- A plasmacytoma forms when the abnormal plasma cells are in one place and form one tumor. There are two types of plasmacytoma. In an isolated plasmacytoma of bone, one plasma cell tumor is found in the bone. There are no other signs of cancer elsewhere. Over time, plasmacytoma of the bone often becomes multiple myeloma. Plasmacytoma of bone can cause pain or broken bones. In extramedullary plasmacytoma, one plasma cell tumor is found in soft tissue but not in the bone or the bone marrow. Extramedullary plasmacytomas commonly form in tissues of the throat, tonsil and paranasal sinuses. They can cause pain or other problems, such as difficulty swallowing.
- Amyloidosis occurs when antibody proteins stick together in sheets and coat the organs, resulting in enlarged organs (organomegaly), such as enlarged tongue, liver, and spleen; thickened heart causing heart failure; damage to the filtration unit of the kidneys, causing kidney failure; easy bruising; or injury to peripheral nerves, causing tingling, numbness, and nerve damage.
Castleman Disease is a rare disease of lymph nodes and related tissues that results from the overgrowth of benign cells in the body’s lymphatic system—the tissues and organs that produce, store and carry white blood cells that fight infections and other diseases. In Unicentric Castleman Disease, only one group of lymph nodes in one part of the body—usually the chest or abdomen—is affected. In Multicentric Castleman Disease many groups of lymph nodes and lymphoid tissue throughout the body are affected and the immune system is weakened. Castleman Disease involving plasma cells tends to be multicentric. Patients with Multicentric Castleman Disease are at increased risk of developing lymphoma.
POEMS syndrome (Polyneuropathy, Organomegaly, Endocrinopathy, Monoclonal gammopathy, Skin changes) is a rare, multi-system condition associated with plasma cell neoplasms. This rare form of plasma cell tumor is associated with areas of hardening of the bone close to the tumor rather than the common bone destruction—lytic lesions—common in myeloma. Moreover, the substance produced by the tumor, known as VEGF, causes increased fluid retention; swelling of the nerve disc in the retina, which can cause loss of vision; and other hormonal disorders such as diabetes or thyroid disease. Nerve damage can be debilitating, and if diagnosis is delayed, the ability to walk may be affected. Skin pigmentary changes or rashes can also occur.
Waldenstrom Macroglobulinemia (Waldenstrom’s) is an indolent (slow-growing) type of non-Hodgkin lymphoma characterized by abnormal levels of monoclonal immunoglobulin (IgM) proteins in the blood and an enlarged liver, spleen, or lymph nodes. A cancer of B lymphocytes (B cells)—a type of white blood cell that is part of the immune system— Waldenstrom’s is also called lymphoplasmacytic lymphoma. In Waldenstrom’s, the malignant B cells build up in the liver, spleen and lymph nodes, causing them to swell. They also grow in the bone marrow, crowding out normal red cells, white cells, and platelets. The abnormal amount of IgM protein in the blood can cause it to become thick which can cause problems with blood flow in small blood vessels. Waldenstrom macroglobulinemia is rare, with an incidence rate of about 3 cases per million people per year in the United States. About 1,000 to 1,500 people are diagnosed with Waldenstrom’s each year in the United States. Since Waldenstrom’s grows slowly it can be well-controlled when diagnosed early.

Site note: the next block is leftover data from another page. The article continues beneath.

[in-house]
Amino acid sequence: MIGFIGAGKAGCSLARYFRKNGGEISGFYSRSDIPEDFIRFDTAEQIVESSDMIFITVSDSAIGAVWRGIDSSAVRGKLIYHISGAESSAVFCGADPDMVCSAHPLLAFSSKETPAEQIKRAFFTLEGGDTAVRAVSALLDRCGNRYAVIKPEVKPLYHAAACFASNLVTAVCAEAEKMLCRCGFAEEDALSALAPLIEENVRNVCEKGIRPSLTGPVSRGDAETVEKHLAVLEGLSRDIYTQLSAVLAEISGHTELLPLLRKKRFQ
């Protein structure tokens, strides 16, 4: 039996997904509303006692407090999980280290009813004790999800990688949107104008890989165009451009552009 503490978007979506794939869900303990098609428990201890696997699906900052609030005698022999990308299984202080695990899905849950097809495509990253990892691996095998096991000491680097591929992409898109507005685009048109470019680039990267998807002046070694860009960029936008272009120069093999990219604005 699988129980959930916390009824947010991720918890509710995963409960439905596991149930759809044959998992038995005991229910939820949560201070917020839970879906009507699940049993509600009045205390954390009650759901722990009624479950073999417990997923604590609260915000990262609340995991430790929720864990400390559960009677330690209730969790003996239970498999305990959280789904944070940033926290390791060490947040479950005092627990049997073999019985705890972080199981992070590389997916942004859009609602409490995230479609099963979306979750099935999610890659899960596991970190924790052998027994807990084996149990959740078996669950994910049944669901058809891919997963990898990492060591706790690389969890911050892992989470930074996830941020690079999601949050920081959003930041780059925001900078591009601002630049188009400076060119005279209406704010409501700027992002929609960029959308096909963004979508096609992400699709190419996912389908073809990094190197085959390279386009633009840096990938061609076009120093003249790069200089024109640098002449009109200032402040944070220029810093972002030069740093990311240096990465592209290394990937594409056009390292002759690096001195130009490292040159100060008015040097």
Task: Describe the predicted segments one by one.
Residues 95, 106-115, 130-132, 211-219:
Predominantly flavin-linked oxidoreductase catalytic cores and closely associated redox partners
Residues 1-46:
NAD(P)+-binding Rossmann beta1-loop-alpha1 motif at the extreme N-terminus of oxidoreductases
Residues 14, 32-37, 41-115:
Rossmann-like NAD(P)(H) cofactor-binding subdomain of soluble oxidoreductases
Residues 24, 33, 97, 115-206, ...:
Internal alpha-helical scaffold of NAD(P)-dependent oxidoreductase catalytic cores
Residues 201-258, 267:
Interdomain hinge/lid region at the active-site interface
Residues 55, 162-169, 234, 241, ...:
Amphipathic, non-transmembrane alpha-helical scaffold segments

Multiple myeloma is a relatively uncommon cancer, although it is the second most common blood cancer. In the United States, the lifetime risk of getting multiple myeloma is 1 in 132 (0.76 percent). The American Cancer Society estimate for new cases in the United States in 2019 is 32,110—18,130 men and 13,980 women.
Multiple myeloma is most common in people over the age of 50. Males and African Americans are at increased risk. There are uncommon family clusters of multiple myeloma, suggesting that some risk factors may be inherited, but these factors have not been identified yet.
Conditions that can progress to myeloma include monoclonal gammopathy of undetermined significance (MGUS) and smoldering multiple myeloma (SMM). We monitor patients with these conditions on a regular basis so that intervention can be started if needed.